Fatal familial insomnia (FFI) is a rare, hereditary prion-protein disease. Methionine-valine polymorphism at codon 129 of the prion-protein gene (PRNP) determines the phenotype in other hereditary prion-protein diseases, but association with the clinical phenotype in FFI remains uncertain.
Early clinical findings in FFI comprise disturbances of the sleep-wake cycle and mild neuropsychiatric changes which typically emerge during middle to late adulthood. Here we describe an unusually early onset and rapid progression of FFI associated with dorsal midbrain involvement in a female patient with PRNP mutation at codon 178 and homozygote methionine polymorphism at codon 129. Early dorsal midbrain involvement became apparent by total loss of REM sleep and isolated bilateral trochlear nerve palsy.
Early onset and rapid progression disease type associated with dorsal midbrain involvement may indicate a different spatiotemporal distribution of the neurodegenerative process in FFI patients with PRNP mutation and codon 129 methionine homozygosity compared to methionine-valine heterozygosity.
Rupprecht S; Grimm A; Schultze T; Zinke J; Karvouniari P; Axer H; Witte OW; Schwab M. Does the clinical phenotype of fatal familial insomnia depend on PRNP codon 129 methionine-valine polymorphism? J Clin Sleep Med 2013;9(12):1343-1345.
Fatal familial insomnia (FFI) is a rare, autosomal-dominant inherited prion-protein (PrP) disease, which has been documented in 27 pedigrees worldwide. It is attributable to a PRNP missense-mutation at codon 178 and methionine-valine polymorphism at codon 129 on chromosome 20. FFI is always fatal and affects both sexes equally. Mean age at onset of disease is around 50 years, while the duration of the disease varies from 8 to 72 months. Early clinical features in FFI combine subtle disturbances of the sleep-wake cycle, sleep abnormalities such as loss of sleep spindles plus mild neuropsychiatric changes.1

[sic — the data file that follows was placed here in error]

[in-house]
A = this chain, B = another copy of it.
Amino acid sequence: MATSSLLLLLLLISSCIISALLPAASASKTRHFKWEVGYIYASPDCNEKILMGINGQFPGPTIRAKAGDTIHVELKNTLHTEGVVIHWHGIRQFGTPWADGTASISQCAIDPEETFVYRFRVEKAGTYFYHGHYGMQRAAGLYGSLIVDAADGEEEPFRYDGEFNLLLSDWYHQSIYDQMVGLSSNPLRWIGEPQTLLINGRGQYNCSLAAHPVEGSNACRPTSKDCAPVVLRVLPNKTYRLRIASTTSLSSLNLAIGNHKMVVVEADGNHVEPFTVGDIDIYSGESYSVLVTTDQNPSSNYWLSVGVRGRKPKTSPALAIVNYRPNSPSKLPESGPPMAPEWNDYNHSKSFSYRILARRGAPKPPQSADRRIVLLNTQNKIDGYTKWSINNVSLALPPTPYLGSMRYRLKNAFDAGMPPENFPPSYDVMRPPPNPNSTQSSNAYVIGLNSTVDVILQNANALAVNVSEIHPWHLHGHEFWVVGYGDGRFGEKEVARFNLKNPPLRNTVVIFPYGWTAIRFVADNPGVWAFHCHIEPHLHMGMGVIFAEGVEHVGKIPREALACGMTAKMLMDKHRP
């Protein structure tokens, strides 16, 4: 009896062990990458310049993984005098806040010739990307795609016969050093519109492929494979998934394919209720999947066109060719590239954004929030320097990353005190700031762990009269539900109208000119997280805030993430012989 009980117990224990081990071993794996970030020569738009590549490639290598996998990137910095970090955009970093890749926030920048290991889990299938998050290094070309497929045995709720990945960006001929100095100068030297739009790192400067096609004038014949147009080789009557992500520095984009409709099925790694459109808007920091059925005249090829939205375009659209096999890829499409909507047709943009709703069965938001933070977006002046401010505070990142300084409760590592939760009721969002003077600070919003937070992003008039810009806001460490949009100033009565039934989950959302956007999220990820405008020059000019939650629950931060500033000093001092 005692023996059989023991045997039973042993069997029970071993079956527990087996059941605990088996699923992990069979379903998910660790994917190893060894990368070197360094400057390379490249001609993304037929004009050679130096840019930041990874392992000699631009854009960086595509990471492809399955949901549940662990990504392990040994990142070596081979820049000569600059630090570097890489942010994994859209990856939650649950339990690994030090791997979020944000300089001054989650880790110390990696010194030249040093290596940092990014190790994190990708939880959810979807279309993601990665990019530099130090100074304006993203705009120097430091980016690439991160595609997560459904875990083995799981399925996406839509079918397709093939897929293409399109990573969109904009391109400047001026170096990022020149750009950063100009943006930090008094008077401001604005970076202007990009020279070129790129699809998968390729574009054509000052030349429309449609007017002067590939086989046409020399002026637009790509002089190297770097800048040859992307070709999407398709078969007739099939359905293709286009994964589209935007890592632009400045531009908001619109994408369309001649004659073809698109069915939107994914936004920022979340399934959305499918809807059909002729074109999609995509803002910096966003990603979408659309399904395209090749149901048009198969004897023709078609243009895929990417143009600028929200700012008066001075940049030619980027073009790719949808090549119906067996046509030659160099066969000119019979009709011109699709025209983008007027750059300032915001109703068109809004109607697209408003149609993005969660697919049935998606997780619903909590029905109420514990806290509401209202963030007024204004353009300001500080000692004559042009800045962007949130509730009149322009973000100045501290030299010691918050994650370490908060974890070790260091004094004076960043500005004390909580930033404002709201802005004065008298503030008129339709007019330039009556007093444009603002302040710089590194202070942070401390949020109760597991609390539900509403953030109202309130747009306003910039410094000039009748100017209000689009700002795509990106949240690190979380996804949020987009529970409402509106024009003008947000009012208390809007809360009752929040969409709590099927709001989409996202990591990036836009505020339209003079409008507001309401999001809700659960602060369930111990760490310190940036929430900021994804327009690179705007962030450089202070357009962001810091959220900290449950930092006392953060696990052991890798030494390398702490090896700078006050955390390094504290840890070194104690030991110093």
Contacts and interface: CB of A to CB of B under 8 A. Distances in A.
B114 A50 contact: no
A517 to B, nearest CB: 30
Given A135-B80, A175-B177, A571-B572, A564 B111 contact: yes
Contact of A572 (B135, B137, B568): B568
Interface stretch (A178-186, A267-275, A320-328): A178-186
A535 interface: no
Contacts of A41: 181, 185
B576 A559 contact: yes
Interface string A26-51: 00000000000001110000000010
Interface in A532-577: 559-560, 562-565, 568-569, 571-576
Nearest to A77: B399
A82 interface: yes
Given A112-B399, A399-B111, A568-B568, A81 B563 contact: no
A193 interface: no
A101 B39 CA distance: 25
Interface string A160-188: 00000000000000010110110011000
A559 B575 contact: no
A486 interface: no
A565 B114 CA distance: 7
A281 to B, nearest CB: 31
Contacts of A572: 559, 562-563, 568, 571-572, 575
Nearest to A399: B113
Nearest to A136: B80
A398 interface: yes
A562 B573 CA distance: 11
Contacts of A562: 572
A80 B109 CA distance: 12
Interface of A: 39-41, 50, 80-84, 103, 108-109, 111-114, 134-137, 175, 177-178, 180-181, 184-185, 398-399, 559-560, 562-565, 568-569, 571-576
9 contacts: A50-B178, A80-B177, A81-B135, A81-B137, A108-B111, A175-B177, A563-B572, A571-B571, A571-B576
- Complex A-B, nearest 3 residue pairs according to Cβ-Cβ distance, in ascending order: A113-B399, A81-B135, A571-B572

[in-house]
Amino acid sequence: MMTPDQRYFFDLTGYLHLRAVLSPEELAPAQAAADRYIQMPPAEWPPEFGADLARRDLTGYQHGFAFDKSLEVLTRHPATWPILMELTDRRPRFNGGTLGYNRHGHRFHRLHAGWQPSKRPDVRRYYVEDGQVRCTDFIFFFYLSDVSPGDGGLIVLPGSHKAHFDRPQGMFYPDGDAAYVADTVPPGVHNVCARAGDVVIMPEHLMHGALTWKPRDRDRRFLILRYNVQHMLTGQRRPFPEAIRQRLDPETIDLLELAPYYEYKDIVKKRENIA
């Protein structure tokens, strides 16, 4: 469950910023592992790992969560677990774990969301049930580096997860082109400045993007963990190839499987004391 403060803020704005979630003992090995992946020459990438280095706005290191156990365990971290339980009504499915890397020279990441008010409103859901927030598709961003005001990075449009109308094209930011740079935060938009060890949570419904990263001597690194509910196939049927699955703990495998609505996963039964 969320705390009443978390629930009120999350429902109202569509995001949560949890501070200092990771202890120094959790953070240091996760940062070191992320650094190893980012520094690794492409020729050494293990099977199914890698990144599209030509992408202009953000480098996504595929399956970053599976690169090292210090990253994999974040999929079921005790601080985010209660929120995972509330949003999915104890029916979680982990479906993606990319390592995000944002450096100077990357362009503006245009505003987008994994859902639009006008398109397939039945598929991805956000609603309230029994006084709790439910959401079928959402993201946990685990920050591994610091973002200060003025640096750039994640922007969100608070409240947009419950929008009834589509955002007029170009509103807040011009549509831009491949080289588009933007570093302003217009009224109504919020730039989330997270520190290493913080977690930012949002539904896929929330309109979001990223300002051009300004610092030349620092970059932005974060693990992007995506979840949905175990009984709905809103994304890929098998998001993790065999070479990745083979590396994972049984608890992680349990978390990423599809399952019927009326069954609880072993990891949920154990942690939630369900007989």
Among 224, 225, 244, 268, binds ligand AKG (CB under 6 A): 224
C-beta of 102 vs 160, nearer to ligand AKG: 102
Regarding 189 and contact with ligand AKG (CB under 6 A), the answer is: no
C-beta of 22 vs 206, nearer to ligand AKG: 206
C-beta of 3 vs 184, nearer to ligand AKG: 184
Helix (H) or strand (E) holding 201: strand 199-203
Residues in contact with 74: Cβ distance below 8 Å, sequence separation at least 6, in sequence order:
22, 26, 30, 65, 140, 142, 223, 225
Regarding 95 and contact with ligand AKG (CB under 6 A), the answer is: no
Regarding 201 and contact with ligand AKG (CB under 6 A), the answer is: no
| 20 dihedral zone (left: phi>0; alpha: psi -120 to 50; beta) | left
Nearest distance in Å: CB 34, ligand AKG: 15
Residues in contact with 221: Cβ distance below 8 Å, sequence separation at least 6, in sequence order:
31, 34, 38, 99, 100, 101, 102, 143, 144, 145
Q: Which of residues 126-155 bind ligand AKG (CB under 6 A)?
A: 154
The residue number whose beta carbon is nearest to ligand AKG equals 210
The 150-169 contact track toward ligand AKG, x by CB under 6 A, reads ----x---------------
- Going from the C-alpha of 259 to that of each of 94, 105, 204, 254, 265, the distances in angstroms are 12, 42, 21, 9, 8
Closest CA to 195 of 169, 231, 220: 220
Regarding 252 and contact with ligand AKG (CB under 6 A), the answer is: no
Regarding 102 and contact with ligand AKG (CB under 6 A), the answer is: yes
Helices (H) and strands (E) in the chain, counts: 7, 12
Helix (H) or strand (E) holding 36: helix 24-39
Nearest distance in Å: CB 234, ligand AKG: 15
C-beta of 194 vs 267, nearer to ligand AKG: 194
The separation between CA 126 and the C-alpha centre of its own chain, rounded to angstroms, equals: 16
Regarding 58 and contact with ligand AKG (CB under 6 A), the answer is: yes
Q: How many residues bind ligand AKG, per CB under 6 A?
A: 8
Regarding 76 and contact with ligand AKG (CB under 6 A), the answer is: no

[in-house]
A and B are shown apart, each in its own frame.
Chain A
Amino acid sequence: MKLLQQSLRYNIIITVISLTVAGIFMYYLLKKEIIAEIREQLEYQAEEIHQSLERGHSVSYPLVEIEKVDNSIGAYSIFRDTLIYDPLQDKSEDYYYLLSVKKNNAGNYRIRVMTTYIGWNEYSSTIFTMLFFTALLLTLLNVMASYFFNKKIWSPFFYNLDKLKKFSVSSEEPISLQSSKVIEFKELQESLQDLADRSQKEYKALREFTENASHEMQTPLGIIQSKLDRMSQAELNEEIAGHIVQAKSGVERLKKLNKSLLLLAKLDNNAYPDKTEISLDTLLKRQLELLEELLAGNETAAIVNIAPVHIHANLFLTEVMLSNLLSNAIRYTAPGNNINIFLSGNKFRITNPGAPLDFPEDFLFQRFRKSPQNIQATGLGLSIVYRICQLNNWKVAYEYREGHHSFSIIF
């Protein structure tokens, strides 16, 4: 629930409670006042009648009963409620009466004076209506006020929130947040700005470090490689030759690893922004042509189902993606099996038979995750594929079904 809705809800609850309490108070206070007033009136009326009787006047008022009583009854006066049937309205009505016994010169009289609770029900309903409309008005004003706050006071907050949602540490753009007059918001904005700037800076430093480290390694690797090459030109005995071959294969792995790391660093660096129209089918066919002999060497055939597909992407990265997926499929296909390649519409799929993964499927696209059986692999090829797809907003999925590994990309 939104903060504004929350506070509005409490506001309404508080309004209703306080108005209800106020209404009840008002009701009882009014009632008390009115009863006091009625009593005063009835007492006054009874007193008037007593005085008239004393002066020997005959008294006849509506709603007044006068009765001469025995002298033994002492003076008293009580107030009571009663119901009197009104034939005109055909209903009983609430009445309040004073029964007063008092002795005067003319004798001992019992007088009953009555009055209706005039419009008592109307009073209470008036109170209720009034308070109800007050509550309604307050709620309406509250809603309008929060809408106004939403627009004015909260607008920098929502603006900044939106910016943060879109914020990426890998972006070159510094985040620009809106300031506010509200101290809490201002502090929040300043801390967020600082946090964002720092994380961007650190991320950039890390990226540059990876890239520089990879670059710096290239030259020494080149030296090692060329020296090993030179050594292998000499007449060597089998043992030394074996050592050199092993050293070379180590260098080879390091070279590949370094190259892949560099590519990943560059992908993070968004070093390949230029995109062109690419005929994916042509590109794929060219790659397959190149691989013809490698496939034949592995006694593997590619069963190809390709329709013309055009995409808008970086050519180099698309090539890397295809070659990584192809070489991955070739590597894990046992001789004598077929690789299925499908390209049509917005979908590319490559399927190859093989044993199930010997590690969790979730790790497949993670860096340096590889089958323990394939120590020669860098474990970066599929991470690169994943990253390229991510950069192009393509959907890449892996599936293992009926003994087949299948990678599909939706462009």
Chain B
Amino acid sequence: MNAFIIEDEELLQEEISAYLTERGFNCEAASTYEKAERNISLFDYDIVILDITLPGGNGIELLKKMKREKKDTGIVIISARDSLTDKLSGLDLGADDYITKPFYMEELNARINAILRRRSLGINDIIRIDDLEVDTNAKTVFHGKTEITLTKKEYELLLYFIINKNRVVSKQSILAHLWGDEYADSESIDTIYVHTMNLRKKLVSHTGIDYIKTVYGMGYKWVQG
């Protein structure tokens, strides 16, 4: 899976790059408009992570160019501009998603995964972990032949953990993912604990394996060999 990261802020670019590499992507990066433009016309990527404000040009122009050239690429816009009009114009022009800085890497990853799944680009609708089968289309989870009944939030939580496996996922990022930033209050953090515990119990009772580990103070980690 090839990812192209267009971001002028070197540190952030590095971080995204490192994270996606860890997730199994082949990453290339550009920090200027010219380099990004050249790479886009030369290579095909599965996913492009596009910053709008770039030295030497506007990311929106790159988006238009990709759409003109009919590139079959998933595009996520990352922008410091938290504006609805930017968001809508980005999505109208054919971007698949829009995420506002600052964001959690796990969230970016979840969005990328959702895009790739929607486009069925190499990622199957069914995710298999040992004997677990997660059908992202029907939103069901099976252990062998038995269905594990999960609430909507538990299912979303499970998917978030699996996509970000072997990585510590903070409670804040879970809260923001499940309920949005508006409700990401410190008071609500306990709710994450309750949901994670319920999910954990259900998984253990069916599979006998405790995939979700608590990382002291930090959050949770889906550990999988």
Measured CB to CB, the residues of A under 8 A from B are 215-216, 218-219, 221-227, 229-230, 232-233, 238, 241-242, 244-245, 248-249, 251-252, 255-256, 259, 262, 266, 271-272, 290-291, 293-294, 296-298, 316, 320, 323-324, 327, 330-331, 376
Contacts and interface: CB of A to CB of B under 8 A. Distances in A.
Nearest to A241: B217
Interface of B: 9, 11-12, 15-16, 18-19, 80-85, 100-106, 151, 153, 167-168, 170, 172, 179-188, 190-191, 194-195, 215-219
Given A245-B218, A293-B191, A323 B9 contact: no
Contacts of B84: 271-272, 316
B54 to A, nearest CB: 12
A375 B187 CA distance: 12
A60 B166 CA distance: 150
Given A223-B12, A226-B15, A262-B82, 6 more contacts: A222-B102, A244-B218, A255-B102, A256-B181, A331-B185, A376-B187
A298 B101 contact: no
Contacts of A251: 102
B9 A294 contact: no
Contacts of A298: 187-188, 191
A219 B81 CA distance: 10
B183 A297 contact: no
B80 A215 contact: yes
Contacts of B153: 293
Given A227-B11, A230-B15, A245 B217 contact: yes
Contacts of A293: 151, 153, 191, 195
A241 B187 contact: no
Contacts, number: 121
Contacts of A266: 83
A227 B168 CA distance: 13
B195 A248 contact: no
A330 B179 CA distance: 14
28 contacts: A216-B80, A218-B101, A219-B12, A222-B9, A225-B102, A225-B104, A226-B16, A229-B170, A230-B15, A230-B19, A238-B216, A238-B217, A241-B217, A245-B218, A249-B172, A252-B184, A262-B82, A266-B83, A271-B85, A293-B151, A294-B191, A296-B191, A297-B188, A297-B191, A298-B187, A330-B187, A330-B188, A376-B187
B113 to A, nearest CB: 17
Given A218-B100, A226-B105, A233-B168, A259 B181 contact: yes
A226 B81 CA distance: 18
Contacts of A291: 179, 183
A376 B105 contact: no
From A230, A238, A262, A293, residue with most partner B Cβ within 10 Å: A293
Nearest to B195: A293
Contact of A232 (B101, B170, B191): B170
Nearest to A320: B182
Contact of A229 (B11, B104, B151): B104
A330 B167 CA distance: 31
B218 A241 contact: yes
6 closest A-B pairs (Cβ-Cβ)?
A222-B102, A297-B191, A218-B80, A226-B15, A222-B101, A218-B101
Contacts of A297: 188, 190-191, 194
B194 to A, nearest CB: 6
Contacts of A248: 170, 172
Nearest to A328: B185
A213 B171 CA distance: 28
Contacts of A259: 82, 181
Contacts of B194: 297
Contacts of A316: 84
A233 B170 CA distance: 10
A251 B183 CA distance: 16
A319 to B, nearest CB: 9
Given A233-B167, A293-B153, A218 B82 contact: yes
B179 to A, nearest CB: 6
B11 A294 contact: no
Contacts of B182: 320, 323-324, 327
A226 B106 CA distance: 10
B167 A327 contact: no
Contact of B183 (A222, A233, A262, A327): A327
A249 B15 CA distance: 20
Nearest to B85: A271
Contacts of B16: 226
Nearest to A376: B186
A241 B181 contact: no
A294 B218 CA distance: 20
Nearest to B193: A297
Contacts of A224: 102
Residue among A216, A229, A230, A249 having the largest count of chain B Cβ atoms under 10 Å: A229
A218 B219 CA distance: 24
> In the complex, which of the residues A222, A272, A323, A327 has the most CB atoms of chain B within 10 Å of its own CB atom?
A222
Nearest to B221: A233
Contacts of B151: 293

PRNP codon 129 polymorphism determines clinical phenotype in other hereditary prion diseases such as familial Creutzfeldt-Jakob disease (fCJD) by modifying PrP conformation and protein-protein interaction. Genetic analysis for PRNP codon 129 polymorphism, however, were only carried out in less than the half of the published FFI cases.1 Therefore it remains uncertain to which degree PRNP codon 129 polymorphism influences the clinical phenotype of FFI.
To contribute to elucidating the influence of methionine-valine polymorphism on clinical phenotype, we report a case with unusual early onset and rapid progression of FFI associated with early dorsal midbrain involvement in a patient with PRNP missense-mutation at codon 178 and homozygote methionine polymorphism at codon 129, indicating a different clinical phenotype in FFI patients with PRNP mutation and codon 129 methionine homozygosity compared to methionine-valine heterozygosity.